For a seasoned gardener, they need to know the type of soil they can plant on for a healthier and abundant crops.
But for beginners, they will just say that, its still a soil so you can plant anything on them then you can start your own garden.
As we have discussed before about garden soil, we only tackled on how to know if your soil has less or more of the pH content. And now, we will discuss the types of soil that you can plant on and the type of plants or crop that suits the soil.
There are three main types of soil that a gardener can use; clay soil, sandy soil and the very known garden soil, the loam.
Clay soil - Clay soil is hardly use for gardening material but it is a high fertile type of soil. Using kind of soil traps the important nutrients needed by the plants.
Reasons why clay is not a gardener’s favorite is because:
- it very compressed and cloddy when you work with it
- oxygen needed by plants cannot penetrate well because of the tight bonding of the soil.
- with its texture the roots of the plant cannot work their way into it.
- when it dries, it is useless.
These are that plants that can grow well in clay soil:
- Butterfly milkweed,
- Magenta-flowered blazing star
- Black-eyed Susans
- Yellow-flowered coreopsis
- Indian grass
- Big bluestem
- Wild ginger
Sandy soil – Unlike clay soil, this sandy textured soil drains the water quickly and it doesn’t retain the nutrients plants needed.
Because the drains easily, sandy soil is very cooperative with plants when heavy rains and flooding occur. Gardeners using sandy soil can easily work with it and it warms up quickly even with a small amount of sunshine.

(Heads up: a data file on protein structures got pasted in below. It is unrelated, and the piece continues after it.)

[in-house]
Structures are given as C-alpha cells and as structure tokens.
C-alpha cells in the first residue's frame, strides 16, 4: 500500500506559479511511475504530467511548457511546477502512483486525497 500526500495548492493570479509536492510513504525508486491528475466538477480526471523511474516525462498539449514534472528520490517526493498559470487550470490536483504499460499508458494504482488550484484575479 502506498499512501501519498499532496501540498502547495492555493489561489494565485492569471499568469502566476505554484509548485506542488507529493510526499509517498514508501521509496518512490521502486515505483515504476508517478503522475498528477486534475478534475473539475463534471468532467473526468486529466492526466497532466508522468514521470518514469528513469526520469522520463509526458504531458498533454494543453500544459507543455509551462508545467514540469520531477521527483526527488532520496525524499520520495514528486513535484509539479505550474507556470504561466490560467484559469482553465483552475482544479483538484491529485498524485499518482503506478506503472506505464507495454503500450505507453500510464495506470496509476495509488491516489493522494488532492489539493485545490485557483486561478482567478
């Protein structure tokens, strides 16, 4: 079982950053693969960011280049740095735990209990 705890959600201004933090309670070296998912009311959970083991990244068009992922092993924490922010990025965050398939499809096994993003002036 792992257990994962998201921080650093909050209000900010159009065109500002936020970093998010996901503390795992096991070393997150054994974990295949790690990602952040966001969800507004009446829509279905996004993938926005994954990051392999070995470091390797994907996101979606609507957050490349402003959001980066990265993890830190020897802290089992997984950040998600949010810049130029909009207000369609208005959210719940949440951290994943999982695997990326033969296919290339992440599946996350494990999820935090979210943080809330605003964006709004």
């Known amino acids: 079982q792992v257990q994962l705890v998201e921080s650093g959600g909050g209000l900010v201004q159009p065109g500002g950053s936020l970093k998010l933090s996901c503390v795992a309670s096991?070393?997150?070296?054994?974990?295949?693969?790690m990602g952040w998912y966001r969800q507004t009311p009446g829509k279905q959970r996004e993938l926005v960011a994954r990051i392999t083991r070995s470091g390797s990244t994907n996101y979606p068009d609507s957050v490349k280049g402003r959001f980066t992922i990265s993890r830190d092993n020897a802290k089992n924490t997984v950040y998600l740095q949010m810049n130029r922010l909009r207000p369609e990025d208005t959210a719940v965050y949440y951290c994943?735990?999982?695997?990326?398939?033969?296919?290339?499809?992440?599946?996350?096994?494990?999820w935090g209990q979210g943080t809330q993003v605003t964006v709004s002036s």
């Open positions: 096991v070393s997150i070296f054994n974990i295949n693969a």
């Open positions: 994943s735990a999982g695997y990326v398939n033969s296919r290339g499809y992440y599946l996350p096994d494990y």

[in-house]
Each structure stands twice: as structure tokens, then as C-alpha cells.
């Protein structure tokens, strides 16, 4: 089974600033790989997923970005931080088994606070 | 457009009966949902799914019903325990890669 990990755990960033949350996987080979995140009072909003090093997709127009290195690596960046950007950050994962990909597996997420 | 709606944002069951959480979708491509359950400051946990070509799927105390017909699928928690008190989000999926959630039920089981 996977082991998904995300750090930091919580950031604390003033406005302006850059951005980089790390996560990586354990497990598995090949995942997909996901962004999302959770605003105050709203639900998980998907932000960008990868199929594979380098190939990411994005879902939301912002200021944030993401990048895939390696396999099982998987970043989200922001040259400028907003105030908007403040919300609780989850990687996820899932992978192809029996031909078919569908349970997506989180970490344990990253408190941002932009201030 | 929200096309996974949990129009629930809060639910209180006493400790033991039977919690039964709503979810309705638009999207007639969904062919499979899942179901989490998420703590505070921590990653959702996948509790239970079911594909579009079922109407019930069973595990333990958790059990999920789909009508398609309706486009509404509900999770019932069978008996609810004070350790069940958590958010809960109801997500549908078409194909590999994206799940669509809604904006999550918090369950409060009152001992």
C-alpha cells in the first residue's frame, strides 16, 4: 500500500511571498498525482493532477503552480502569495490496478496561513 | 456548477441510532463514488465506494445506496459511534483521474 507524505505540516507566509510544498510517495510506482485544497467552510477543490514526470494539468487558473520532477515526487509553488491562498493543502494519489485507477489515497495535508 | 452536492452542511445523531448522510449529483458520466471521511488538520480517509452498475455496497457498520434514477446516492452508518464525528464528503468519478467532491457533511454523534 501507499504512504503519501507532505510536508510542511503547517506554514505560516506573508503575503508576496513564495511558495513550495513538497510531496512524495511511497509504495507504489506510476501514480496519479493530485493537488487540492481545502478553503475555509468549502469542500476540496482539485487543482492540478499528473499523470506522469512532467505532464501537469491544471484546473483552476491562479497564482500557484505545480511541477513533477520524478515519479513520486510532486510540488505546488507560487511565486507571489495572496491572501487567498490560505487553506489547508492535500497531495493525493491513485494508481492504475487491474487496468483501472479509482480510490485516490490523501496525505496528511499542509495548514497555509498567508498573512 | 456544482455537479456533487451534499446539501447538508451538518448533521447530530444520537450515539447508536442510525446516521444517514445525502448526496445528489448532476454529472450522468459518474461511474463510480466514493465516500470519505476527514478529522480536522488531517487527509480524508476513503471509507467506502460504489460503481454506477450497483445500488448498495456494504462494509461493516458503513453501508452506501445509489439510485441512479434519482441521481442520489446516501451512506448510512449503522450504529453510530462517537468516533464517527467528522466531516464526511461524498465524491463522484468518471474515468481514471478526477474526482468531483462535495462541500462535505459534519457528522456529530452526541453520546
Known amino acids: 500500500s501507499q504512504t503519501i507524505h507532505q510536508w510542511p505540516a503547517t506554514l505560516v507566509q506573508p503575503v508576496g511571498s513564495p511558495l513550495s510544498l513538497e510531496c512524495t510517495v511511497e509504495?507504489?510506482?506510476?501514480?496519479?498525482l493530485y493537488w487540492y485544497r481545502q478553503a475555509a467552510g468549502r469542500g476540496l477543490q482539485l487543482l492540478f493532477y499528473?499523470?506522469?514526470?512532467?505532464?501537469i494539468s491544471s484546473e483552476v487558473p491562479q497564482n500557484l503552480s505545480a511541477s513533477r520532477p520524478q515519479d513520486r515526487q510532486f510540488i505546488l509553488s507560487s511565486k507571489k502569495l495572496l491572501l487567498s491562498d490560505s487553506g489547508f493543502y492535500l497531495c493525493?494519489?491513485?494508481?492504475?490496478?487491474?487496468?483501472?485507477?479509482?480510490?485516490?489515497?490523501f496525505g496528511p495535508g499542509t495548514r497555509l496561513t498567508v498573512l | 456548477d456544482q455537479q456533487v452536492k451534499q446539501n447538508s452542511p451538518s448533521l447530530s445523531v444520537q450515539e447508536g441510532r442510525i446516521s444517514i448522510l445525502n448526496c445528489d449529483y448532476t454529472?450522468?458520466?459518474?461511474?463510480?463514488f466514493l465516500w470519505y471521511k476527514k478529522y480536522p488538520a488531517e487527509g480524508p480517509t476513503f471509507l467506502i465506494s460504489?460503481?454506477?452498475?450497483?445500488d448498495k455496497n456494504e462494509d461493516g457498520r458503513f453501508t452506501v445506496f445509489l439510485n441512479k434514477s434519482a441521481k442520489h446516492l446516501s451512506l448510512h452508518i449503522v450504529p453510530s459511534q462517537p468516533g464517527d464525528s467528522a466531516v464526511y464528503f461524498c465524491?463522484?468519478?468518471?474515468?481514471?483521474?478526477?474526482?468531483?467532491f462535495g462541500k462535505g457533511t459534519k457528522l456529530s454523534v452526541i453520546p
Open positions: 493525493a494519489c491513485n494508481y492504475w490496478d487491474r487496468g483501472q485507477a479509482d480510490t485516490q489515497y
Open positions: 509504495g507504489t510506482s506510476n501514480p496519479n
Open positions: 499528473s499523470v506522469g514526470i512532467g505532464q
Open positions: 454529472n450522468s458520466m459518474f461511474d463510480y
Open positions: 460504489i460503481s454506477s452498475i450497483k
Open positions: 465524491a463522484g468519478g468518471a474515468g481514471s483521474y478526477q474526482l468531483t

But sandy soil has lower moisture holding capacity that plants need to be watered frequently. Because it drains easily, plants can only receive lower nutrients needed and
should be fertilized more often.
Gardeners are not fan of sandy soil because, this type of soil is and easy subjext for wind and water erosion.
The ideal plants using sandy soil are:
- Eastern White Pine
- Red Cedars.
- Japenese barberry
- Siberian pea shrub
- Flowering quince
- Gray dogwood
- Trumpet vine
- Oriental and American bittersweet
- Winter creeper
- Trumpet and Hall’s Japanese honeysuckle
- Hardy grapes.
- Blanket flower
- California poppy
- Crape myrtle
- Perennial flax
- Russian sage
Loam – Loam is theideal garden soil because its soft, full of organic matter, retains moisture yet drains well.
Loam soil contains less than 52% sand, 28 – 50 % silt, and 7 – 27% clay. Loam is composed of equal amounts of sand and silt and a little less clay soils.
The texture of loam is penetratable, allowing water to flow through slowly enough for the plants to access it, but fast enough to avoid water logged, soggy soil. Loam is also nutrient rich.
Loam soil requires little care. While it drains well, loam holds enough water to keep plants happy, provides a steady supply of nutrients, and has a structure which promotes the growth of beneficial microorganisms which will keep the soil healthy.
What plants can use loam soil? Almost all plants can grow in loam soil.